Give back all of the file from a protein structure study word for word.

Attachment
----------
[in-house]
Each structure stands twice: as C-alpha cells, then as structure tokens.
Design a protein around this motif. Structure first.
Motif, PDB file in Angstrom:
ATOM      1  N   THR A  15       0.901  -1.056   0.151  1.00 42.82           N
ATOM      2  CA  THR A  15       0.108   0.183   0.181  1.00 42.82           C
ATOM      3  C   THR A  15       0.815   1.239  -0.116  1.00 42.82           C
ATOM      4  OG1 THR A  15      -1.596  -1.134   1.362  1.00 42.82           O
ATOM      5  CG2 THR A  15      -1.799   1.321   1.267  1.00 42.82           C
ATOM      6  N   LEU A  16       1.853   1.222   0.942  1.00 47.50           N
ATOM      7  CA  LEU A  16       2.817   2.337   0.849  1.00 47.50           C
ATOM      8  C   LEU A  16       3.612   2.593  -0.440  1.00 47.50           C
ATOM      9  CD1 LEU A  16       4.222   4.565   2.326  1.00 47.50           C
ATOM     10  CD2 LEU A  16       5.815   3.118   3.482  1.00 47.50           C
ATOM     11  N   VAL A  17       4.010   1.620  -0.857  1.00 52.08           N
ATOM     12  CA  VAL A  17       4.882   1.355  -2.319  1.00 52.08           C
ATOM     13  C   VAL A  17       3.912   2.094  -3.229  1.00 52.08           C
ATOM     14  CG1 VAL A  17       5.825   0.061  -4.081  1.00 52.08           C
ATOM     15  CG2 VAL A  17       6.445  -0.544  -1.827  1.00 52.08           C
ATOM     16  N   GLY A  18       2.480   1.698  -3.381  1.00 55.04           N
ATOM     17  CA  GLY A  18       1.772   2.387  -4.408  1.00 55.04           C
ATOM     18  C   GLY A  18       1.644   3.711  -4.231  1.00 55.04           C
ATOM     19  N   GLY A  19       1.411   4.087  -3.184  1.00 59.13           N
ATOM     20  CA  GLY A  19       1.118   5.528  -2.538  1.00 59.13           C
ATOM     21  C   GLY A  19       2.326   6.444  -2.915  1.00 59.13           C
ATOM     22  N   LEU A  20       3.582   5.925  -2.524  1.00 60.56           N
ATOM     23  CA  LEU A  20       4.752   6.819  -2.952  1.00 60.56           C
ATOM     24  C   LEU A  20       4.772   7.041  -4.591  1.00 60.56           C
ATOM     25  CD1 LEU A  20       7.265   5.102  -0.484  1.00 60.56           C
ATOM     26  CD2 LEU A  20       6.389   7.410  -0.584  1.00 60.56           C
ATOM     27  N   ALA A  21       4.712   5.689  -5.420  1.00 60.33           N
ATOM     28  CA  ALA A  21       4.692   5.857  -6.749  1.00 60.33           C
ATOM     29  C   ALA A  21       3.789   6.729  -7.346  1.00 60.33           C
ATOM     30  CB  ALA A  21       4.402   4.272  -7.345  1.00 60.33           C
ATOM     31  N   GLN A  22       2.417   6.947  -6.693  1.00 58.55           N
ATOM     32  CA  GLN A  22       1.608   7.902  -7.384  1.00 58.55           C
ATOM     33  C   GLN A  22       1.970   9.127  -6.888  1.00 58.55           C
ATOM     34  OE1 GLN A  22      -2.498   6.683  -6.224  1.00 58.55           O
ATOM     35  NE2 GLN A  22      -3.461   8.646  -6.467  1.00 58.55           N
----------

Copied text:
[in-house]
Each structure stands twice: as C-alpha cells, then as structure tokens.
Design a protein around this motif. Structure first.
Motif, PDB file in Angstrom:
ATOM      1  N   THR A  15       0.901  -1.056   0.151  1.00 42.82           N
ATOM      2  CA  THR A  15       0.108   0.183   0.181  1.00 42.82           C
ATOM      3  C   THR A  15       0.815   1.239  -0.116  1.00 42.82           C
ATOM      4  OG1 THR A  15      -1.596  -1.134   1.362  1.00 42.82           O
ATOM      5  CG2 THR A  15      -1.799   1.321   1.267  1.00 42.82           C
ATOM      6  N   LEU A  16       1.853   1.222   0.942  1.00 47.50           N
ATOM      7  CA  LEU A  16       2.817   2.337   0.849  1.00 47.50           C
ATOM      8  C   LEU A  16       3.612   2.593  -0.440  1.00 47.50           C
ATOM      9  CD1 LEU A  16       4.222   4.565   2.326  1.00 47.50           C
ATOM     10  CD2 LEU A  16       5.815   3.118   3.482  1.00 47.50           C
ATOM     11  N   VAL A  17       4.010   1.620  -0.857  1.00 52.08           N
ATOM     12  CA  VAL A  17       4.882   1.355  -2.319  1.00 52.08           C
ATOM     13  C   VAL A  17       3.912   2.094  -3.229  1.00 52.08           C
ATOM     14  CG1 VAL A  17       5.825   0.061  -4.081  1.00 52.08           C
ATOM     15  CG2 VAL A  17       6.445  -0.544  -1.827  1.00 52.08           C
ATOM     16  N   GLY A  18       2.480   1.698  -3.381  1.00 55.04           N
ATOM     17  CA  GLY A  18       1.772   2.387  -4.408  1.00 55.04           C
ATOM     18  C   GLY A  18       1.644   3.711  -4.231  1.00 55.04           C
ATOM     19  N   GLY A  19       1.411   4.087  -3.184  1.00 59.13           N
ATOM     20  CA  GLY A  19       1.118   5.528  -2.538  1.00 59.13           C
ATOM     21  C   GLY A  19       2.326   6.444  -2.915  1.00 59.13           C
ATOM     22  N   LEU A  20       3.582   5.925  -2.524  1.00 60.56           N
ATOM     23  CA  LEU A  20       4.752   6.819  -2.952  1.00 60.56           C
ATOM     24  C   LEU A  20       4.772   7.041  -4.591  1.00 60.56           C
ATOM     25  CD1 LEU A  20       7.265   5.102  -0.484  1.00 60.56           C
ATOM     26  CD2 LEU A  20       6.389   7.410  -0.584  1.00 60.56           C
ATOM     27  N   ALA A  21       4.712   5.689  -5.420  1.00 60.33           N
ATOM     28  CA  ALA A  21       4.692   5.857  -6.749  1.00 60.33           C
ATOM     29  C   ALA A  21       3.789   6.729  -7.346  1.00 60.33           C
ATOM     30  CB  ALA A  21       4.402   4.272  -7.345  1.00 60.33           C
ATOM     31  N   GLN A  22       2.417   6.947  -6.693  1.00 58.55           N
ATOM     32  CA  GLN A  22       1.608   7.902  -7.384  1.00 58.55           C
ATOM     33  C   GLN A  22       1.970   9.127  -6.888  1.00 58.55           C
ATOM     34  OE1 GLN A  22      -2.498   6.683  -6.224  1.00 58.55           O
ATOM     35  NE2 GLN A  22      -3.461   8.646  -6.467  1.00 58.55           N